April 6, 2021
Four California organic farmers, Phil Foster of Hollister, Paul Muller of Guinda, Scott Park of Meridian, and Tom Willey of Madera, will participate in an hour-and-a half online workshop session on April 6, 2021 from 12:00 PM through 1:30 PM about the reduced disturbance work that they are conducting as part of an NRCS CIG project aimed at investigating and refining organic reduced disturbance techniques in California. The workshop will feature a Q & A session that follows a panel presentation that the four farmers made as part of the 2021 ECOFARM Conference in January. The workshop will be moderated by CASI Workgroup member, Dr. Cindy Daley of Chico State. An audio summary introduction to the workshop that ran on Don York's "Ag Report" radio program on KMJ580 on April 6th is linked below.
September 23, 2020
A video transcript of the Healthy Soils Healthy Profits - How do we get to $2.50/lb cotton in the SJV? webinar that was held on September 17, 2020 is now available at You Tube at
More activities and information related to soil health in cotton production systems are now being planned. Stay tuned!/span>
September 12, 2010
Dairy silage fields under no-till and strip-till are some of the only annual cropping systems in California that address the important soil health principle of generating and preserving surface residues. While most annual crop fields are without residues due to intensive tillage practices that essentially make them disappear completely, no-till and strip-till silage farmers are achieving this key soil care practice that is otherwise ignored in most fields in the state.
Getting ahead of marketplace demands – What farmers can do -
August 31, 2020 https://youtu.be/Ot1KSrfsfLA
“Last fall, I participated in the National Sustainable Agriculture Summit in Indianapolis, IN,” says Jeff Mitchell, Cropping Systems Cooperative Extension Specialist with the University of California, Davis.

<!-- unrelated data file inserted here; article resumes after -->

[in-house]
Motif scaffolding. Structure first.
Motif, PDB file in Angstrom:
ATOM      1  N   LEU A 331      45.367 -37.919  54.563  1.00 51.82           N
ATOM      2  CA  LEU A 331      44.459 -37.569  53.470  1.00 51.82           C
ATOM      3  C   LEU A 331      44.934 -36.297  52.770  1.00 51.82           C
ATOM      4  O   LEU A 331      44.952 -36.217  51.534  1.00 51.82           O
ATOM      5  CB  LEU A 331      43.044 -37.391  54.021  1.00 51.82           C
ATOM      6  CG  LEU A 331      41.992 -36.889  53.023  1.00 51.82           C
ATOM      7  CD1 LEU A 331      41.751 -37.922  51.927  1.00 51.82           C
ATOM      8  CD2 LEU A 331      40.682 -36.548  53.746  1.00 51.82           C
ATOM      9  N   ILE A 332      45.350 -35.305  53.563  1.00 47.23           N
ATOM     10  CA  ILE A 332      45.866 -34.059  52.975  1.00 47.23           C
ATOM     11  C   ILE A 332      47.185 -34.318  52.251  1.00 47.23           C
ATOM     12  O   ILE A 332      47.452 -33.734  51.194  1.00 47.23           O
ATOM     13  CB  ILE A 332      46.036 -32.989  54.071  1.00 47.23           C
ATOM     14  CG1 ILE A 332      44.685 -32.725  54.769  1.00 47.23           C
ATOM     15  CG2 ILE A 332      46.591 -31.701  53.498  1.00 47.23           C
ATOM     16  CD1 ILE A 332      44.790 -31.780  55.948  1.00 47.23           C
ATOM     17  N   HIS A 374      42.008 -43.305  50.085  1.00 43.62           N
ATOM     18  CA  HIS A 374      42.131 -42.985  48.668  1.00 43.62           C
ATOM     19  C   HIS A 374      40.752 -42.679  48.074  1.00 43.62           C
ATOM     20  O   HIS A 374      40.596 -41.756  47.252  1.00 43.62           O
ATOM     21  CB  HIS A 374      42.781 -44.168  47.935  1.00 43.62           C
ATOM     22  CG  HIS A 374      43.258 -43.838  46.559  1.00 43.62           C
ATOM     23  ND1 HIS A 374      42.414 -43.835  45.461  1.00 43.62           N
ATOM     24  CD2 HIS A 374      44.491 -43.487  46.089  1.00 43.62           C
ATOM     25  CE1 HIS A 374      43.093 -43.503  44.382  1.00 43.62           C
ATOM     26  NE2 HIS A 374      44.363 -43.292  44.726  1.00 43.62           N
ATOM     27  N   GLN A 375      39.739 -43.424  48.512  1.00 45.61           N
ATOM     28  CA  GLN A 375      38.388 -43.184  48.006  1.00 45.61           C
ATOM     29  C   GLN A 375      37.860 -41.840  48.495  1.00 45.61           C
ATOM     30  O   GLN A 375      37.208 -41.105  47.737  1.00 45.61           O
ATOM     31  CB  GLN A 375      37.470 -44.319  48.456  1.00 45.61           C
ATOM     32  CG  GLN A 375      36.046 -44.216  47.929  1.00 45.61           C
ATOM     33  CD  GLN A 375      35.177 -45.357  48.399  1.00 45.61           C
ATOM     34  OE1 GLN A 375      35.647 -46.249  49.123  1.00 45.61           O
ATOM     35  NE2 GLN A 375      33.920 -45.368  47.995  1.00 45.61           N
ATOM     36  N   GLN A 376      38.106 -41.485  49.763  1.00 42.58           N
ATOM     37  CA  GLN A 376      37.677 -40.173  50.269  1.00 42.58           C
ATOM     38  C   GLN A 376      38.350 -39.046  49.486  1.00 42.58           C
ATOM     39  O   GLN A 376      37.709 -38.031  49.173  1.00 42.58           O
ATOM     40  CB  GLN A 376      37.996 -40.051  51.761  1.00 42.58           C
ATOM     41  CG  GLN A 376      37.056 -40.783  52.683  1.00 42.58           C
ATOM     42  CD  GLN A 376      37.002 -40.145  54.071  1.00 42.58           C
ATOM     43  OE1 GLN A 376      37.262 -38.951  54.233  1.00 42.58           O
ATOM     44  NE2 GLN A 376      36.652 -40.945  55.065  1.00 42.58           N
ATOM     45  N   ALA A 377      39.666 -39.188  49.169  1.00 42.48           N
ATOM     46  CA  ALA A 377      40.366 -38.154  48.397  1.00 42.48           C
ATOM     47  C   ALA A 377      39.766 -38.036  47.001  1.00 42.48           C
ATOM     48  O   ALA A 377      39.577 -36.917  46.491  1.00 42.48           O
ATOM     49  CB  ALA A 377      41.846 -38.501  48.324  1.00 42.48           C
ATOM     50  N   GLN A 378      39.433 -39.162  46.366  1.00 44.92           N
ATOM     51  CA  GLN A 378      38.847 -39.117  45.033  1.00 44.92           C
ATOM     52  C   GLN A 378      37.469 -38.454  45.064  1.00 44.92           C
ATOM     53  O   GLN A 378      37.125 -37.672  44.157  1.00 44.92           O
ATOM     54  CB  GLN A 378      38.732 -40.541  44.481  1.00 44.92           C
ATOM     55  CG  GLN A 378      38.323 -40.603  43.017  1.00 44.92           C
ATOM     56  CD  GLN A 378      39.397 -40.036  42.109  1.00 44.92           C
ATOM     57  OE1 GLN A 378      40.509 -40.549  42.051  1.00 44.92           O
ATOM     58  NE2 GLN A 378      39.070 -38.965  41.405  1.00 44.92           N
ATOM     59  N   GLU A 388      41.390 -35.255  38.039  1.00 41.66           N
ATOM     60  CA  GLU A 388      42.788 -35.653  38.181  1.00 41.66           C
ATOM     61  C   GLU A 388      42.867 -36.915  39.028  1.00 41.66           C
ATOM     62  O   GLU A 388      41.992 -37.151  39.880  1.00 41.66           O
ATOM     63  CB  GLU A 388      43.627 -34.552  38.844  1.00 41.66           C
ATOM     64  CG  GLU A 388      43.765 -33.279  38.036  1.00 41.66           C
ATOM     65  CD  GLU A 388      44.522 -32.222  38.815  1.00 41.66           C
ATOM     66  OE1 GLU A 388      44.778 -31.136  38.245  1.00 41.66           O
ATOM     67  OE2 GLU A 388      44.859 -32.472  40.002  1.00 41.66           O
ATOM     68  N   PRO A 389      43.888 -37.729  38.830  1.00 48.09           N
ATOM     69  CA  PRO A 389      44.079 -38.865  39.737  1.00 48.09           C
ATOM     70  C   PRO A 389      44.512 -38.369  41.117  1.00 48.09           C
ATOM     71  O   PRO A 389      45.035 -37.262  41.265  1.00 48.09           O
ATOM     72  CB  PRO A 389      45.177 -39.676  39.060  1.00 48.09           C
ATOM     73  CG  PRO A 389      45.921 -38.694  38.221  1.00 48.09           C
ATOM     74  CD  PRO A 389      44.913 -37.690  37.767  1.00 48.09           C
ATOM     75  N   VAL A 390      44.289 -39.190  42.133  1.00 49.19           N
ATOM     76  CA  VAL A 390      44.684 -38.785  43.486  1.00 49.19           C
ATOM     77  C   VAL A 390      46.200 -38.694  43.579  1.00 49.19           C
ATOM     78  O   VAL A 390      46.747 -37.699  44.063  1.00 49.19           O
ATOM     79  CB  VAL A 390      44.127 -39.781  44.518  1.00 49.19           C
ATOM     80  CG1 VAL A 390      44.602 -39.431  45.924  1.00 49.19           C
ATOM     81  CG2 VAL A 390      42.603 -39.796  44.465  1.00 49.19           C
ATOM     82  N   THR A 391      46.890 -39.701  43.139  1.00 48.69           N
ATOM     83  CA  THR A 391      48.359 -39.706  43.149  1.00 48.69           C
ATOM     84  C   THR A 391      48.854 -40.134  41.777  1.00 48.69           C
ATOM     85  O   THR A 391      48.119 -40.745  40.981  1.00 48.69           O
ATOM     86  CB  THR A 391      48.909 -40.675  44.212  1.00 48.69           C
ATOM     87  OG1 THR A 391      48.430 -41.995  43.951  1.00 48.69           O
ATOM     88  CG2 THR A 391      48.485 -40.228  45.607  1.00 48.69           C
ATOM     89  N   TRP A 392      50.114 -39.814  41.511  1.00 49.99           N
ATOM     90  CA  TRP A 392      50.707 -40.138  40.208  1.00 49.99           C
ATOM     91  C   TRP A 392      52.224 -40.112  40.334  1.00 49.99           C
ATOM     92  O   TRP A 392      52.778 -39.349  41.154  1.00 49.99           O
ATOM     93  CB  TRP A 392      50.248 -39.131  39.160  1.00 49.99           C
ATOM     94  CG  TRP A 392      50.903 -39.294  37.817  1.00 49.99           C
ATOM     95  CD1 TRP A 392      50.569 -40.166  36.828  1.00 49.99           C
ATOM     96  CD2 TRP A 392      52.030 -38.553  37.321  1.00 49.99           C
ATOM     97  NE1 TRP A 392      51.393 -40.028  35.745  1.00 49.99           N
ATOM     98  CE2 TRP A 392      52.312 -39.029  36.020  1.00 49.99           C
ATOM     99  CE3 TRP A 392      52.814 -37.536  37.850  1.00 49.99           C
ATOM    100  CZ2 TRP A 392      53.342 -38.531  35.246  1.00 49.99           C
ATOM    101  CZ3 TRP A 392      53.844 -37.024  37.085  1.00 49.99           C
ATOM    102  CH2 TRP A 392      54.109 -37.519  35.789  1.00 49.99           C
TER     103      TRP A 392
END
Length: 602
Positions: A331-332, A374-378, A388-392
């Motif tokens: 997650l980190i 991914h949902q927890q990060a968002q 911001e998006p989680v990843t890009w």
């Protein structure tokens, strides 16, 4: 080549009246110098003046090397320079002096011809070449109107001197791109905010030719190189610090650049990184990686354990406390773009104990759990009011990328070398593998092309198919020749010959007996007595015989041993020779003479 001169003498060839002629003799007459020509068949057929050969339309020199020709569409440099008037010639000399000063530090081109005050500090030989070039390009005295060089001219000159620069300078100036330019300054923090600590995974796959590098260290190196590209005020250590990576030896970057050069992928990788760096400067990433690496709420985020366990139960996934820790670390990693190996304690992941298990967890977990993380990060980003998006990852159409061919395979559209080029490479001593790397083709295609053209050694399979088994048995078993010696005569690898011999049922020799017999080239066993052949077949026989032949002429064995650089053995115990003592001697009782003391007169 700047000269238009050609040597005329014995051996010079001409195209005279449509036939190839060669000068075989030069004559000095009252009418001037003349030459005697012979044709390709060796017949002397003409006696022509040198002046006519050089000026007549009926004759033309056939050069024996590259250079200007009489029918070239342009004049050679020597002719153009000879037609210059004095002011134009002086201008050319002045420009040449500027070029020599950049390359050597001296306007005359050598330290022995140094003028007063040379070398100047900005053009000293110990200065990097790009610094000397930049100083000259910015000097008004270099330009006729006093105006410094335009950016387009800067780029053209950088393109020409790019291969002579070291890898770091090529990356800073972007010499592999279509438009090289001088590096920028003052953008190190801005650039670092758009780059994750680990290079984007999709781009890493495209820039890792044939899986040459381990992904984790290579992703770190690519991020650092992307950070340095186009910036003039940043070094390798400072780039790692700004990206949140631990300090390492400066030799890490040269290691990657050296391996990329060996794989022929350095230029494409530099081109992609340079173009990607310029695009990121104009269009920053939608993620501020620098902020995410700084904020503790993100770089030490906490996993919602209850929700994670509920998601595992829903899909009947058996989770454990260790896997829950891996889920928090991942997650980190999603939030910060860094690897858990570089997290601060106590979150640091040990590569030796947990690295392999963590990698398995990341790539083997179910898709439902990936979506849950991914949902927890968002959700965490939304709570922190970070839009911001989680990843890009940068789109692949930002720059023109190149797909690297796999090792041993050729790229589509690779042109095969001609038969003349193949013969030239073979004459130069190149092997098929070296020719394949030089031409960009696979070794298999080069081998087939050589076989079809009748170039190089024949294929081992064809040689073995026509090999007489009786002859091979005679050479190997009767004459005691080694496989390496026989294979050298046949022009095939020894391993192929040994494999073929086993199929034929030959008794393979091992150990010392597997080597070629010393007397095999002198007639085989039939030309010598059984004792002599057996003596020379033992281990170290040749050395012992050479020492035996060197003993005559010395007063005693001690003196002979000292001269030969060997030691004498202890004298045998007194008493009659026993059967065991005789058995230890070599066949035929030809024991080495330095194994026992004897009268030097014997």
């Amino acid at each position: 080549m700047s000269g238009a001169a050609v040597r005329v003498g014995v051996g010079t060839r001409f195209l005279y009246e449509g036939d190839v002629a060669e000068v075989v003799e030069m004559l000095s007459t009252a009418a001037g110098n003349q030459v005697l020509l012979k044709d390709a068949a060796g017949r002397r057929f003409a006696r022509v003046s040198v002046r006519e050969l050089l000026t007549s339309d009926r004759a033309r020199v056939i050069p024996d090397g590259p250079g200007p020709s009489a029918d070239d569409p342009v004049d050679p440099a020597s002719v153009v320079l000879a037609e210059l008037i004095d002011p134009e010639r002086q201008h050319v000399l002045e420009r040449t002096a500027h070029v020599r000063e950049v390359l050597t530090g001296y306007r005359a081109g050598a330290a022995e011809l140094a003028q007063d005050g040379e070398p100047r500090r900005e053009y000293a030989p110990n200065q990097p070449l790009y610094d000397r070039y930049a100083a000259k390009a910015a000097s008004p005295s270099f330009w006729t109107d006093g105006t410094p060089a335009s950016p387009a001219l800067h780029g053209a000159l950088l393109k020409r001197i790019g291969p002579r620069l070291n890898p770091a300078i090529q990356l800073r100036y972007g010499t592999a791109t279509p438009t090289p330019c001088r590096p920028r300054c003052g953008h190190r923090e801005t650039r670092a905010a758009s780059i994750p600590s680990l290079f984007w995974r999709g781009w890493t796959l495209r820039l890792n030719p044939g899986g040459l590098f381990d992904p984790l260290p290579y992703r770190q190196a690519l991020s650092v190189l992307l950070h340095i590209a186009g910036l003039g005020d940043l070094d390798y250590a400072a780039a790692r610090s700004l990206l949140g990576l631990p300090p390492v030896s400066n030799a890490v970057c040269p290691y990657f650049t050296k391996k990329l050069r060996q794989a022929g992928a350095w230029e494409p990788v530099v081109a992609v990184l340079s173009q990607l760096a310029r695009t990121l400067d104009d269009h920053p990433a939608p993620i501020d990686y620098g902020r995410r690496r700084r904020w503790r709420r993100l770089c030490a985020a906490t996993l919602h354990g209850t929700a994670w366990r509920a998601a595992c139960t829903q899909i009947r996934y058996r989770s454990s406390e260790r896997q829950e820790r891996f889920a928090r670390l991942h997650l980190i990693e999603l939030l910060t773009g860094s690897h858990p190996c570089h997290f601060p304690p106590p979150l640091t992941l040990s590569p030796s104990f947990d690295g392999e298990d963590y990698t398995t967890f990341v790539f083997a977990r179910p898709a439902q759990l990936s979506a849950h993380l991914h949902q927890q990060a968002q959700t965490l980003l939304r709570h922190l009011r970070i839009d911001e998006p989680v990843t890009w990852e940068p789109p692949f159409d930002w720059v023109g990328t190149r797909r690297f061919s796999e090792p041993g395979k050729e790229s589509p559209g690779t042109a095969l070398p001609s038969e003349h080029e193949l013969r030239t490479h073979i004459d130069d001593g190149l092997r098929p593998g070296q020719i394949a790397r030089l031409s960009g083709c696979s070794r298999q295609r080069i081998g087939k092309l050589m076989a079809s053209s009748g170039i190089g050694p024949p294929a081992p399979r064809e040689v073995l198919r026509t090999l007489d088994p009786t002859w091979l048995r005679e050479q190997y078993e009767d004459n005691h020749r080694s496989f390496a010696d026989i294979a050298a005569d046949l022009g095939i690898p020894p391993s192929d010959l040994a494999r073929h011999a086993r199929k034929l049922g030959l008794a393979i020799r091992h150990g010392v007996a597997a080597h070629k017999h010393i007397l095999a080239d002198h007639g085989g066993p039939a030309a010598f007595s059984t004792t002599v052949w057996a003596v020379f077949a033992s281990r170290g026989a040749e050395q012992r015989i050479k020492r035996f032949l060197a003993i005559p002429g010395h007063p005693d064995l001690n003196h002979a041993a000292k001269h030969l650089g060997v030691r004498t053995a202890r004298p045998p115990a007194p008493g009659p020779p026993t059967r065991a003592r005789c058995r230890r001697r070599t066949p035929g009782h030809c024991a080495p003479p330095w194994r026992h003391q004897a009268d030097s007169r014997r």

This was a very large gathering of over 650 people representing various sectors of the food system.
One of the main messages in the keynote address of this meeting that was delivered by Patricia Stroup, Vice President of Nestle, - the largest buyer and seller of food in the world was that “if you want to sell your food to us, you'll meet our specifications.”
A rather blunt warning to farmers about how they do things.
“And I don't know how far along it's gotten,” Mitchell adds, “but there are now apparently efforts under way in Europe mandating an increase in organic agriculture to 20%, along with a 50% reduction in pesticide use and 20% less fertilizer use by 2030.”
“I know a farmer though, who is quite fond of saying that he doesn't want to be told how he should farm.”
He is quite literally way out ahead of these sorts of supply chain, or for that matter, government pressured that are now beginning to be seen.
It is not at all exaggerating to say that buyers are ‘beating a pathway to his farm' because they want to buy what he grows.
He is beyond being pressured.
The question of what farmers may start to do to be ahead of marketplace demands is what will be discussed in a public webinar that will be held on September 17th from 9 AM to noon.
A $10 registration fee to offset meeting coordination expenses and to support the long-term research work in Five Points may be paid by registering early at https://ucanr.edu/sjvcottonwebinar
Cotton growing following soil health management practices of reduced disturbance and surface residue preservation, Five Points, CA